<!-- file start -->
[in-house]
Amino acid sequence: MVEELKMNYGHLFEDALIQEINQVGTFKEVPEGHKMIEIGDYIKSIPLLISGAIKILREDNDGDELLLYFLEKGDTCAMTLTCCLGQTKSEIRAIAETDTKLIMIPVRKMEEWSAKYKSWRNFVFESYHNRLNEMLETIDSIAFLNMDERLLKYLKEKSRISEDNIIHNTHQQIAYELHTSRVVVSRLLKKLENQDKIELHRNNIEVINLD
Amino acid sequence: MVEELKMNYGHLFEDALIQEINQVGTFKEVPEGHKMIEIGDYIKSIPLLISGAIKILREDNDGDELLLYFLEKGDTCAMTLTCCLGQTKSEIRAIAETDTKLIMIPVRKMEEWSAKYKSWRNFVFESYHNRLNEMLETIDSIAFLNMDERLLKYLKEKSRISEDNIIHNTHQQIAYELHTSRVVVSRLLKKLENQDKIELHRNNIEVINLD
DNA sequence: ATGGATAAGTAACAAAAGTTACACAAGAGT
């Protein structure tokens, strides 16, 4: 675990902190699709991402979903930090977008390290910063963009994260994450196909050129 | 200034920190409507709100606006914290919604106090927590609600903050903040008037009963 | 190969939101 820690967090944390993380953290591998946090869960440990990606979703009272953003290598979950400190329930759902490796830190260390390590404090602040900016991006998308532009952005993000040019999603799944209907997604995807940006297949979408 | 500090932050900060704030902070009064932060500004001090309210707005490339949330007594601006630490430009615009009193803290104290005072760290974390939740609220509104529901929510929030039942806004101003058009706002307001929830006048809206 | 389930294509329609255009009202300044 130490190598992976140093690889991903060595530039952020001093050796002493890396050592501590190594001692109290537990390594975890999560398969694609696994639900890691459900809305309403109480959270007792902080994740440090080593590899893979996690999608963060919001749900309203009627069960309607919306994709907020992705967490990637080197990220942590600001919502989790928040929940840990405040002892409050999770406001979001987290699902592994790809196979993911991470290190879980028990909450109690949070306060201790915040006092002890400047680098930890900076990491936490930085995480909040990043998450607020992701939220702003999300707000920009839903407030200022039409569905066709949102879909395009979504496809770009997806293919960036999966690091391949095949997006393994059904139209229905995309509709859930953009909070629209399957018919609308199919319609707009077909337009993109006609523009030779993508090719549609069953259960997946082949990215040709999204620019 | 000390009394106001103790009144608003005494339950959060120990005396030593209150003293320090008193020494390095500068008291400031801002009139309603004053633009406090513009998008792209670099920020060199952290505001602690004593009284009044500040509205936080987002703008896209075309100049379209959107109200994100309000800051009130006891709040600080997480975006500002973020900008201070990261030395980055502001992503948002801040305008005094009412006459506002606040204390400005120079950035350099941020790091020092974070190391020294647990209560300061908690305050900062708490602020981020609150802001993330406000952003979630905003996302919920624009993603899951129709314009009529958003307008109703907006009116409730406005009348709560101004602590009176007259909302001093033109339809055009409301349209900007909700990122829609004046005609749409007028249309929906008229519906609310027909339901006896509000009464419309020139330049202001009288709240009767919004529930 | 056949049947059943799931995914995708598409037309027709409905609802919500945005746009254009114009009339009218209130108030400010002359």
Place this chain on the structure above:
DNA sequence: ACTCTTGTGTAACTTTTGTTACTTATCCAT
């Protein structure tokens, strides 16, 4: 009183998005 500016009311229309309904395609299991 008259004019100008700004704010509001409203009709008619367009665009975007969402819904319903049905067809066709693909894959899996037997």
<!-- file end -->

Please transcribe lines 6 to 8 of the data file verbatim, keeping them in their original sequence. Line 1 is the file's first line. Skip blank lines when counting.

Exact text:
Place this chain on the structure above:
DNA sequence: ACTCTTGTGTAACTTTTGTTACTTATCCAT
């Protein structure tokens, strides 16, 4: 009183998005 500016009311229309309904395609299991 008259004019100008700004704010509001409203009709008619367009665009975007969402819904319903049905067809066709693909894959899996037997």